Note to my daughter: I was not saving gas when I told you to walk home from Courtney's house the other night, just walk, start walking already before it gets dark!
I was busy formatting the type on your brother's homework; sorry, when you ask a sixth-grade boy for something called an "anthology," he'll need the tiniest bit of assistance. The tiniest bit.
You think I'm cheap, I know. You think we're poor, we're not. Lazy, not poor. I'll spend four bucks a gallon all day long.
But is the stuff I do worth that kind of scratch?
Like dropping a prescription off, coming back in 20 minutes, like they said, then another 40 minutes because it's never ready in 20 minutes.
Like picking up pizza so you won't have to tip the guy. Like driving your kids to school when it rains, even though they have perfectly good raincoats that they just refuse to wear.
Admit it, you drive to a gym to use the treadmill. Crazier still, you drive to a park to run.
I can spend $70 a week on gas without ever leaving Carrollwood.
A relative (I won't say who) used to do her weekly grocery shopping at three different stores, depending on what they had on sale. Chicken at Kash n' Karry, potatoes at Publix, onions at Winn-Dixie.
You'd be insane to do that now.
Remember, when the kids were babies, you'd take them for a long, slow ride to put them to sleep?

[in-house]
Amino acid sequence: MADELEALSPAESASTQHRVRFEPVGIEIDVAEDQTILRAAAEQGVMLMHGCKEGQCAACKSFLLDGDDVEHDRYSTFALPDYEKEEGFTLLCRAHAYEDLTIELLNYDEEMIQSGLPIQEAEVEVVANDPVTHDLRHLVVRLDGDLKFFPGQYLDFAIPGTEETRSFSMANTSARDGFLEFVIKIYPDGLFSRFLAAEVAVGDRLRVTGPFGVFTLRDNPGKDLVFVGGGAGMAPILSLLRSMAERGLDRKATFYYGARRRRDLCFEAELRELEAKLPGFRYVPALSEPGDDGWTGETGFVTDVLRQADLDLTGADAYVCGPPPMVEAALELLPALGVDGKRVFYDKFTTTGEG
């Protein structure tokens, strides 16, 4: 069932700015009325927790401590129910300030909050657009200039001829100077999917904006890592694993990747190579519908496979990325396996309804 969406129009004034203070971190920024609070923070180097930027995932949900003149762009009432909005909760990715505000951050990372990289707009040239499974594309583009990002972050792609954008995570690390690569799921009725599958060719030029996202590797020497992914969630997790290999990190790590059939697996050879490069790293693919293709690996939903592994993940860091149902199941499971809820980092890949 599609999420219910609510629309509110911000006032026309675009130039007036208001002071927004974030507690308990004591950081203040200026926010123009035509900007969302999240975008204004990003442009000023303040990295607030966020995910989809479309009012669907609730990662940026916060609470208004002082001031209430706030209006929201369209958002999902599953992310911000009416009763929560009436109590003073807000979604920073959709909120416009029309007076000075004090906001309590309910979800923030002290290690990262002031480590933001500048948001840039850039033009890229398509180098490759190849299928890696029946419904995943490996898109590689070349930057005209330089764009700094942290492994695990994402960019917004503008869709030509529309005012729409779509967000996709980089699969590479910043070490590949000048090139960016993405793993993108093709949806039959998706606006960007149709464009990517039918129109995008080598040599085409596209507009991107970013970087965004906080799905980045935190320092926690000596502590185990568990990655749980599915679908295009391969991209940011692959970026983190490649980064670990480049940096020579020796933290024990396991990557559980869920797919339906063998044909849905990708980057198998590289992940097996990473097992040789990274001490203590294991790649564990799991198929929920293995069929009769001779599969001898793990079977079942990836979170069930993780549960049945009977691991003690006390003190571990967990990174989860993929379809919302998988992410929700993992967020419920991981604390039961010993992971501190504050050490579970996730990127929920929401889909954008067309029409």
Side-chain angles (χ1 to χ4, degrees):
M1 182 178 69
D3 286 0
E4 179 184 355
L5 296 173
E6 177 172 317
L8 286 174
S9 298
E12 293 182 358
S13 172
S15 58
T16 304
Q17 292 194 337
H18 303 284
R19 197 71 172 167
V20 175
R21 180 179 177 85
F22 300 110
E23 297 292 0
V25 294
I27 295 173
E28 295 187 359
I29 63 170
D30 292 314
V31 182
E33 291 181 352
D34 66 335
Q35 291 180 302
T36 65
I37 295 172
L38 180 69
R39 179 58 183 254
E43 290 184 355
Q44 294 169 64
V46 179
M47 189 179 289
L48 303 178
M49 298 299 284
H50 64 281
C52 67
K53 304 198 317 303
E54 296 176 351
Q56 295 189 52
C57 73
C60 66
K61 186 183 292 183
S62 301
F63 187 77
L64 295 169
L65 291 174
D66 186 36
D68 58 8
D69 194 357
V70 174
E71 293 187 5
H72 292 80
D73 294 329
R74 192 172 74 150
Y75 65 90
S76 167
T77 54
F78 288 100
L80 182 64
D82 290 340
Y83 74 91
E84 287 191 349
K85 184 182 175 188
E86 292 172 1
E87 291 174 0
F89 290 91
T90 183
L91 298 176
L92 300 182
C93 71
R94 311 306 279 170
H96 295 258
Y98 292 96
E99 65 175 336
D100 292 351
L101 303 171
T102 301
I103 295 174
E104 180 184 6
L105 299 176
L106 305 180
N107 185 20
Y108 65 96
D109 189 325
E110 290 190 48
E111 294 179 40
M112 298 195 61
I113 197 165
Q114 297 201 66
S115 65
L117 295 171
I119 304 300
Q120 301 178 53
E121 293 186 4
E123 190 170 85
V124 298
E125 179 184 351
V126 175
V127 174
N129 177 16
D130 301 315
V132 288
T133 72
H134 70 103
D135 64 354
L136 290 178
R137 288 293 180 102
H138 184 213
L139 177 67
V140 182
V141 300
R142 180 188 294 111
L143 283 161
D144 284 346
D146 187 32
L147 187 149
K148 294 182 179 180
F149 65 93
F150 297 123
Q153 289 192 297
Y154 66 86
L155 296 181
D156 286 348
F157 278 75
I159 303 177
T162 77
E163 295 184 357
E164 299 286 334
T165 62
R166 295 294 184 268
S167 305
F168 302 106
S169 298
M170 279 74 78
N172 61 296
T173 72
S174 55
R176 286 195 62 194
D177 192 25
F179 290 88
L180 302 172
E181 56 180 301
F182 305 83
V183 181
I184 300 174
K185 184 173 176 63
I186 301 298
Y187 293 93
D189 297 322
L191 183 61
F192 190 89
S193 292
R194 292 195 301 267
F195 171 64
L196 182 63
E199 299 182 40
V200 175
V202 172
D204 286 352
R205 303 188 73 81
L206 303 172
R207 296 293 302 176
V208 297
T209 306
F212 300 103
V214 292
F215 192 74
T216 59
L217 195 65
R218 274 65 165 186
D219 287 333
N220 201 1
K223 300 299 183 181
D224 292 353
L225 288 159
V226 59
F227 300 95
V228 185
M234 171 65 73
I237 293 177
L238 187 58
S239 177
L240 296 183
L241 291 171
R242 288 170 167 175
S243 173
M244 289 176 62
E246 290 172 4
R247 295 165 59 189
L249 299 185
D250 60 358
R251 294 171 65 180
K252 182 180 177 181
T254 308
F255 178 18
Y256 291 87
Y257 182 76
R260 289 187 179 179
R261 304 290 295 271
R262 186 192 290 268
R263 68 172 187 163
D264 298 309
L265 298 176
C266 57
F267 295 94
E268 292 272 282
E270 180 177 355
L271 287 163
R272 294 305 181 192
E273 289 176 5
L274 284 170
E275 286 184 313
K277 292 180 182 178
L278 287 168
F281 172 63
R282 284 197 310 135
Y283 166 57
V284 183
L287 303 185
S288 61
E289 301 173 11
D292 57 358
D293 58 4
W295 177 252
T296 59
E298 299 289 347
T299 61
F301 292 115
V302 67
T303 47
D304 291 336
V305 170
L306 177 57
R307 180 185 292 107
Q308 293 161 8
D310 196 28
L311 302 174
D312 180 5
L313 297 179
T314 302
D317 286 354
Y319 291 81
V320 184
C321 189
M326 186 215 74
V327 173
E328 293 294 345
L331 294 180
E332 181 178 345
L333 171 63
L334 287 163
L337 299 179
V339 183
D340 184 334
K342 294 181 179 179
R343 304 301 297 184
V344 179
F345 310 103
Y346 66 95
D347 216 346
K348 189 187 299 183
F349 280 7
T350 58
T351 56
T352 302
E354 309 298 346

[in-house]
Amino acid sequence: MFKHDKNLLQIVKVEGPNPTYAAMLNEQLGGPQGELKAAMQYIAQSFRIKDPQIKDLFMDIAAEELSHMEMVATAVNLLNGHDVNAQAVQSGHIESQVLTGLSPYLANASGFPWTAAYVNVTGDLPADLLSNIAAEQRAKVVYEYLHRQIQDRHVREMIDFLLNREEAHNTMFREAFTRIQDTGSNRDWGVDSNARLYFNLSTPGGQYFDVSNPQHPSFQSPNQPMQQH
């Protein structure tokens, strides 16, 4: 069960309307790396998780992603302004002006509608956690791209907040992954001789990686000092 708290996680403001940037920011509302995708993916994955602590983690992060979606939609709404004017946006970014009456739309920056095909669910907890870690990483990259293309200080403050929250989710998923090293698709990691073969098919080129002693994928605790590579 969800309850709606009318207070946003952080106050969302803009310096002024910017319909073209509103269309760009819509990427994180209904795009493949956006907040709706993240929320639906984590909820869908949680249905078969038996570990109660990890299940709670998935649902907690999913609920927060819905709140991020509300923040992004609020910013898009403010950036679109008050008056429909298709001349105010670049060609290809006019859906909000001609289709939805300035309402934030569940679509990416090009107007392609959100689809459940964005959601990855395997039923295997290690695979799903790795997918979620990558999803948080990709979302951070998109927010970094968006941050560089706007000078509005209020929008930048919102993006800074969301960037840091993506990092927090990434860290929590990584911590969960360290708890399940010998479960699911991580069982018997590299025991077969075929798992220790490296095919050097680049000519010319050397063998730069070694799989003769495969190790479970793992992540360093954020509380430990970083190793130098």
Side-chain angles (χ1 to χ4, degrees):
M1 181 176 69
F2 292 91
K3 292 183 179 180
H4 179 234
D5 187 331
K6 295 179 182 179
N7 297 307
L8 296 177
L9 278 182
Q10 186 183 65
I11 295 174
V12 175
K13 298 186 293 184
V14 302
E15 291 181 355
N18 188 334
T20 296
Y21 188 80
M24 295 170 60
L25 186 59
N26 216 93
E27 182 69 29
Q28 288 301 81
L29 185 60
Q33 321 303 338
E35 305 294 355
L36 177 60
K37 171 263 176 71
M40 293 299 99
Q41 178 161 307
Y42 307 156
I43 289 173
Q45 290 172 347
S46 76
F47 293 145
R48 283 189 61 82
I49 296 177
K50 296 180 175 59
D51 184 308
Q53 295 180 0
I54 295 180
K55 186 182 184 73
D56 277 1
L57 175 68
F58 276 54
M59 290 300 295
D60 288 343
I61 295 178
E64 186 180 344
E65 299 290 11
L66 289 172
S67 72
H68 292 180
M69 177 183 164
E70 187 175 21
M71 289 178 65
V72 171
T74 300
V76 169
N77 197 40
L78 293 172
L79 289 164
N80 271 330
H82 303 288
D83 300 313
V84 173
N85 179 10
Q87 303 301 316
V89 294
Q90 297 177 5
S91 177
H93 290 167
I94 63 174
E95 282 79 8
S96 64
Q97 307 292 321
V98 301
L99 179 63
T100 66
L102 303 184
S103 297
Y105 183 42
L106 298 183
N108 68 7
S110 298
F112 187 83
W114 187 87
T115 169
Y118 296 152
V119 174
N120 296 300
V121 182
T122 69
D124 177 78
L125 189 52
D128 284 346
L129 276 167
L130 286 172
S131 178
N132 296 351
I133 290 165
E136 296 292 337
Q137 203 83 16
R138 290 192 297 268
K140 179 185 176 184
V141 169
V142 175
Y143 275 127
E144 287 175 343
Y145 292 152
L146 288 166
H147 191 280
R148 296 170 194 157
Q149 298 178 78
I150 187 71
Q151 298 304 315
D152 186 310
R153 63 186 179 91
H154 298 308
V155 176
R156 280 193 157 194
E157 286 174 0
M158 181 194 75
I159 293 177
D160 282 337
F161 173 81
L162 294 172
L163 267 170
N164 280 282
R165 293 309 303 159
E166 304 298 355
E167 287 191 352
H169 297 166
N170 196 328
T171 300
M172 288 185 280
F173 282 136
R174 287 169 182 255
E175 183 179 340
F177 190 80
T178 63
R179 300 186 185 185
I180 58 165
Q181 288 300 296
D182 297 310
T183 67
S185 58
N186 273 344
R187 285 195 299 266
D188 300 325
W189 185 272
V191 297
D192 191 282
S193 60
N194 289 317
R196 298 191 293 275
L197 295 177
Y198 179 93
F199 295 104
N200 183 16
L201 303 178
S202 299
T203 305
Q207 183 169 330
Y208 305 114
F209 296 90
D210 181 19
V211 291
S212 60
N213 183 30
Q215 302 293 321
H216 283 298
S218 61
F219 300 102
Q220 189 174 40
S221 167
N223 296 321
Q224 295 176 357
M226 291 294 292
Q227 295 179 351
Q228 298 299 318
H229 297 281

Remember driving aimlessly through neighborhoods to look at houses? Looking for garage sales on a Saturday morning? Going to the mall without feeling guilty?
I would like to think the high cost of fuel was taking traffic off the road, but so far I see no evidence of that.
Just a few more bicycles on the road, and drivers behind me leaning on the horn when I stop to let them cross.
I'm not poor.
But I will not sign my kid up for a music program that takes me to the University of South Florida campus one afternoon a week in rush hour. I doubt I'll take the dog to the beach.
We have a swimming pool in our subdivision, tennis courts next door and every computer game known to man hooked up to our television.
Grandma lives around the corner; the kids can walk there. The dog can play in the garden hose.
I'm not a tree hugger either.
It's just feeling like a good time to pull over and turn off the gas.